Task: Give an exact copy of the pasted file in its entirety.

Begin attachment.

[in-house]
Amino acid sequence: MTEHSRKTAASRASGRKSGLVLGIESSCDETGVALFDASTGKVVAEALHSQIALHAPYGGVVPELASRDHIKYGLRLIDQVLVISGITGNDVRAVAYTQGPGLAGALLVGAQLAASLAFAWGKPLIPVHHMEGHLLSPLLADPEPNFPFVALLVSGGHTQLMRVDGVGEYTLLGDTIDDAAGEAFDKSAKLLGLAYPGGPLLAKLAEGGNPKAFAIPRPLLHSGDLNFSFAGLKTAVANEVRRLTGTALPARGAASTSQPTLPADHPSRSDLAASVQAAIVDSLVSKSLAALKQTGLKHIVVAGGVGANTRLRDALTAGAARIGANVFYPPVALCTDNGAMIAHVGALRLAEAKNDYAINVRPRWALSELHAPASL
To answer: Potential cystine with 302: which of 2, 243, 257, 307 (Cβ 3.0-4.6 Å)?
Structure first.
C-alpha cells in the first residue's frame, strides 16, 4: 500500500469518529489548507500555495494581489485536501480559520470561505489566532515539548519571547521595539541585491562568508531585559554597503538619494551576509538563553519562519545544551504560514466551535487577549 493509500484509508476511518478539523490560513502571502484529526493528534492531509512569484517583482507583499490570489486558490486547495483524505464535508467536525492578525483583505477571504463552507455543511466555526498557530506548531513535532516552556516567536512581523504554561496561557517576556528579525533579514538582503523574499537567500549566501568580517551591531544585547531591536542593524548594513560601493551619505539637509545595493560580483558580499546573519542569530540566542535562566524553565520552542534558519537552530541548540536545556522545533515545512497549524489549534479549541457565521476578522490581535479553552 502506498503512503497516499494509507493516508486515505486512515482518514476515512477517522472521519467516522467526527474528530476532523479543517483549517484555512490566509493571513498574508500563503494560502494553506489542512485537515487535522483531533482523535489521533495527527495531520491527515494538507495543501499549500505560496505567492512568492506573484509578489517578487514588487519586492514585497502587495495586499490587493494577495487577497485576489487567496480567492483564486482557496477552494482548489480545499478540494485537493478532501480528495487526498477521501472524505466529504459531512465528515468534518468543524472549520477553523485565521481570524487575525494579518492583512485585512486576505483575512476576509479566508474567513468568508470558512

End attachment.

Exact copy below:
[in-house]
Amino acid sequence: MTEHSRKTAASRASGRKSGLVLGIESSCDETGVALFDASTGKVVAEALHSQIALHAPYGGVVPELASRDHIKYGLRLIDQVLVISGITGNDVRAVAYTQGPGLAGALLVGAQLAASLAFAWGKPLIPVHHMEGHLLSPLLADPEPNFPFVALLVSGGHTQLMRVDGVGEYTLLGDTIDDAAGEAFDKSAKLLGLAYPGGPLLAKLAEGGNPKAFAIPRPLLHSGDLNFSFAGLKTAVANEVRRLTGTALPARGAASTSQPTLPADHPSRSDLAASVQAAIVDSLVSKSLAALKQTGLKHIVVAGGVGANTRLRDALTAGAARIGANVFYPPVALCTDNGAMIAHVGALRLAEAKNDYAINVRPRWALSELHAPASL
To answer: Potential cystine with 302: which of 2, 243, 257, 307 (Cβ 3.0-4.6 Å)?
Structure first.
C-alpha cells in the first residue's frame, strides 16, 4: 500500500469518529489548507500555495494581489485536501480559520470561505489566532515539548519571547521595539541585491562568508531585559554597503538619494551576509538563553519562519545544551504560514466551535487577549 493509500484509508476511518478539523490560513502571502484529526493528534492531509512569484517583482507583499490570489486558490486547495483524505464535508467536525492578525483583505477571504463552507455543511466555526498557530506548531513535532516552556516567536512581523504554561496561557517576556528579525533579514538582503523574499537567500549566501568580517551591531544585547531591536542593524548594513560601493551619505539637509545595493560580483558580499546573519542569530540566542535562566524553565520552542534558519537552530541548540536545556522545533515545512497549524489549534479549541457565521476578522490581535479553552 502506498503512503497516499494509507493516508486515505486512515482518514476515512477517522472521519467516522467526527474528530476532523479543517483549517484555512490566509493571513498574508500563503494560502494553506489542512485537515487535522483531533482523535489521533495527527495531520491527515494538507495543501499549500505560496505567492512568492506573484509578489517578487514588487519586492514585497502587495495586499490587493494577495487577497485576489487567496480567492483564486482557496477552494482548489480545499478540494485537493478532501480528495487526498477521501472524505466529504459531512465528515468534518468543524472549520477553523485565521481570524487575525494579518492583512485585512486576505483575512476576509479566508474567513468568508470558512